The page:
Shazia Mirza: Diary of a disappointing daughter

When I ring my parents’ house and my dad answers the phone, the­ conversation goes like this, “Hi Dad, how are you?”

“I’m fine. I’ll just get your mum.”

He then tells me what he’s doing while he transports the portable phone to my mum. “The last time I saw her, she was in the bathroom. I don’t know where she is now. But these stairs are getting more difficult. I’ve just cleaned the kitchen”.

Then I’ll hear him shouting, “Mum, Mum, it’s for you.” They call each other Mum and Dad, which may have been cute 40 years ago but, in these times, it’s creepy.

My dad is a character. He could pass for anything from a Pakistani Del Boy to Saddam Hussein. When we were growing up, he was very strict. He was authoritative, ­sensible and always ignored.

Regime change came only with his first heart attack. He has mellowed with age and we have got to know him much better as he and we have got older. Now he even sends text messages to tell me Dad-related things, such as “Uncle John [who is not really my uncle] has just opened a new business on Broad Street – he’s doing well. But his son has been banged up for fraud.” I have never even met “Uncle John”.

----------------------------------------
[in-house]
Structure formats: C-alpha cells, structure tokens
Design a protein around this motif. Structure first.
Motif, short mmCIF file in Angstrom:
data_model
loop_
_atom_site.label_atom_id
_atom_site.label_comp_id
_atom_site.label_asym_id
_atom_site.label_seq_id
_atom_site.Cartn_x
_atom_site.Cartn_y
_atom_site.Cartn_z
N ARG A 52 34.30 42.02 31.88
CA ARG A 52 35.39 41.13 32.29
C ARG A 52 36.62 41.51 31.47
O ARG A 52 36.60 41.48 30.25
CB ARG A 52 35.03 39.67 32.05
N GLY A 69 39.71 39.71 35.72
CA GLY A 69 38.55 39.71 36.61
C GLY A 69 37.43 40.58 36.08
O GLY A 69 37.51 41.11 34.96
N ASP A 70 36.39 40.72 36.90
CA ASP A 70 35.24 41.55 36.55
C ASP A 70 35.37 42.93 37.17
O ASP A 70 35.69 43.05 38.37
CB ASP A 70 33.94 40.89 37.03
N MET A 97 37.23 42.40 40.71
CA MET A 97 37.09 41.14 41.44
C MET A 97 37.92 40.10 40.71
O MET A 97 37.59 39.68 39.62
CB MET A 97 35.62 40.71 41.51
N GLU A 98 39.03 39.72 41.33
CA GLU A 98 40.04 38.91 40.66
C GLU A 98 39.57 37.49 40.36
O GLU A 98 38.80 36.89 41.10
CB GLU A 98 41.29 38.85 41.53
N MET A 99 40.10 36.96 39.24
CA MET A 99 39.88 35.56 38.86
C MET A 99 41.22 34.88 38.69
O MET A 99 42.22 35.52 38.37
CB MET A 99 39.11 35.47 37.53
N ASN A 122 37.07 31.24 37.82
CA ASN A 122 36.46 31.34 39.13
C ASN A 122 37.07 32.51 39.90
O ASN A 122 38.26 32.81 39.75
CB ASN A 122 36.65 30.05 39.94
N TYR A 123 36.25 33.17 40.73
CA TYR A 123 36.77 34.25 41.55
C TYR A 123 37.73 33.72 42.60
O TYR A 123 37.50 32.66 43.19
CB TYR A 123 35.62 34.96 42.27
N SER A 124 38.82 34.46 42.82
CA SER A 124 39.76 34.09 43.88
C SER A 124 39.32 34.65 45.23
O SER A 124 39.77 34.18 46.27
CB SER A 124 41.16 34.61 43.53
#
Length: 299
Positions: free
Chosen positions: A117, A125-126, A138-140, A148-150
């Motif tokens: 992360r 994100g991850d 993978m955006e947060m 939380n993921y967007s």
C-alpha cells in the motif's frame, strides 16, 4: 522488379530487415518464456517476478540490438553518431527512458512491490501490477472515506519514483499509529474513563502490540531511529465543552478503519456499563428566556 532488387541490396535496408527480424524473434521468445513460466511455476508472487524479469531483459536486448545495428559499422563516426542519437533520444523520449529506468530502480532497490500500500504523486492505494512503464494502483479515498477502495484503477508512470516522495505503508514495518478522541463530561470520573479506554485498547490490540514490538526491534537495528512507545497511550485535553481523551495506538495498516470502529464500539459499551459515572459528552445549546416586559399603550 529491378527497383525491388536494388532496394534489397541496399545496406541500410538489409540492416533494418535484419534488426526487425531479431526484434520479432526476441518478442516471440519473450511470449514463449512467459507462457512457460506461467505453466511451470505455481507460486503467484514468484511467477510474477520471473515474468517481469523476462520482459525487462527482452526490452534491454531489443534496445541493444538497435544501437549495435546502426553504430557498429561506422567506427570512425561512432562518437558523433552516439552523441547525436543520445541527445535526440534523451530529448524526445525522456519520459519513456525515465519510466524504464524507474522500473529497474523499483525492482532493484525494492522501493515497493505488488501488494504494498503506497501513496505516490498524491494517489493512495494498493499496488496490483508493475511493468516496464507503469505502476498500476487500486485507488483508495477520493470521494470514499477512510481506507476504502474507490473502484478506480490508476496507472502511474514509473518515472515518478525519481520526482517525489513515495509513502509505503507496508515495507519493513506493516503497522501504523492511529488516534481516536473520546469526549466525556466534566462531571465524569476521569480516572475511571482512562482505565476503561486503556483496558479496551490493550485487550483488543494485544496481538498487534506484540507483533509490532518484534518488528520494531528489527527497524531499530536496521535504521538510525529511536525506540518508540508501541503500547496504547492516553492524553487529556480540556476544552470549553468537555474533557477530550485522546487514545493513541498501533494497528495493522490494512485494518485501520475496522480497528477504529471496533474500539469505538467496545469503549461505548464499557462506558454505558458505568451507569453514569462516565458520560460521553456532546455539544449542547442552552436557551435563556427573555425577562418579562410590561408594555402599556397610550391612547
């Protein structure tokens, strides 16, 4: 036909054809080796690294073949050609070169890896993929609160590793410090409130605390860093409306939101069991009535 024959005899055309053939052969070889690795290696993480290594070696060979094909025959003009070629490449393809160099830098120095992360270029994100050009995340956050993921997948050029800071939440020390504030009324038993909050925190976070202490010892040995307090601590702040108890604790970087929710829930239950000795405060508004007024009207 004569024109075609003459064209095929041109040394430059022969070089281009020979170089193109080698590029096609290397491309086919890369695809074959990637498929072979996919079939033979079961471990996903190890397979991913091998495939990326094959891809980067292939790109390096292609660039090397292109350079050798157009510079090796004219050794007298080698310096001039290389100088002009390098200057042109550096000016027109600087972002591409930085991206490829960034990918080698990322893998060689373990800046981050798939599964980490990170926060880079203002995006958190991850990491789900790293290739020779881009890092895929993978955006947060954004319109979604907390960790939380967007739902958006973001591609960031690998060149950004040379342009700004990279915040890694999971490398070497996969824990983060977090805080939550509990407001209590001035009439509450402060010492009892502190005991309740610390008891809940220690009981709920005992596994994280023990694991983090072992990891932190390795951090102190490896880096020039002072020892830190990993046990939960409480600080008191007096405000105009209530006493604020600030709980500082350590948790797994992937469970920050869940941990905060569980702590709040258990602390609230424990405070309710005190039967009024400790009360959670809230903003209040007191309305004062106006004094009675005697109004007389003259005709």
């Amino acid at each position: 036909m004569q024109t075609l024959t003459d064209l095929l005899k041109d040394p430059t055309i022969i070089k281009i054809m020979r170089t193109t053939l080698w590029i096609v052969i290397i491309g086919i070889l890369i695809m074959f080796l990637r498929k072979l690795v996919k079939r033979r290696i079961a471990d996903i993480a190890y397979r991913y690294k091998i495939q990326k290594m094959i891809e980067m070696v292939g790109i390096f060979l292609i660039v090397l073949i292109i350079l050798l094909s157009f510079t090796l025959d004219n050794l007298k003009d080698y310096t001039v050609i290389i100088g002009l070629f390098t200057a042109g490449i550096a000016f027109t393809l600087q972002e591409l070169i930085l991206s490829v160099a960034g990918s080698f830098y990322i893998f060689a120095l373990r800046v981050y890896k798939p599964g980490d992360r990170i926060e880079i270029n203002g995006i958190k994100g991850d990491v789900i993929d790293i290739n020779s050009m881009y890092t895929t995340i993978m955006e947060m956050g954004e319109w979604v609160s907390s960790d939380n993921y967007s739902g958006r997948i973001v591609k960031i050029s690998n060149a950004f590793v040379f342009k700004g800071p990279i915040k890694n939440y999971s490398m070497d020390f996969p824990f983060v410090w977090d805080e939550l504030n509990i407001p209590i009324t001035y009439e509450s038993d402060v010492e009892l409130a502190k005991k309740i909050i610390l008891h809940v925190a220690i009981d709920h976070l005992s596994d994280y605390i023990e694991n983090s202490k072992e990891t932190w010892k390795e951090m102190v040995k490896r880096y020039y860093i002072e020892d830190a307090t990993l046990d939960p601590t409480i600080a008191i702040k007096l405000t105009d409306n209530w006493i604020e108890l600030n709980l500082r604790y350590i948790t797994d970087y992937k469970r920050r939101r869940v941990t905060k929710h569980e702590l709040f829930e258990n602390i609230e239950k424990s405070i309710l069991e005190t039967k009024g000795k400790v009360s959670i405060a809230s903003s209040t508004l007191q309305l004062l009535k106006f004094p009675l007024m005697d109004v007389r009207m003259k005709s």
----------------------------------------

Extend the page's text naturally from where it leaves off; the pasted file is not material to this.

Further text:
My dad’s favourite pastime is ­shopping at Tesco. He loves going there late at night and buying cakes. When I go home, he’ll say, “I’ve got you the latest chocolate cake. Tesco had an offer, so I bought you six. It’s his way of saying, “I know you well.”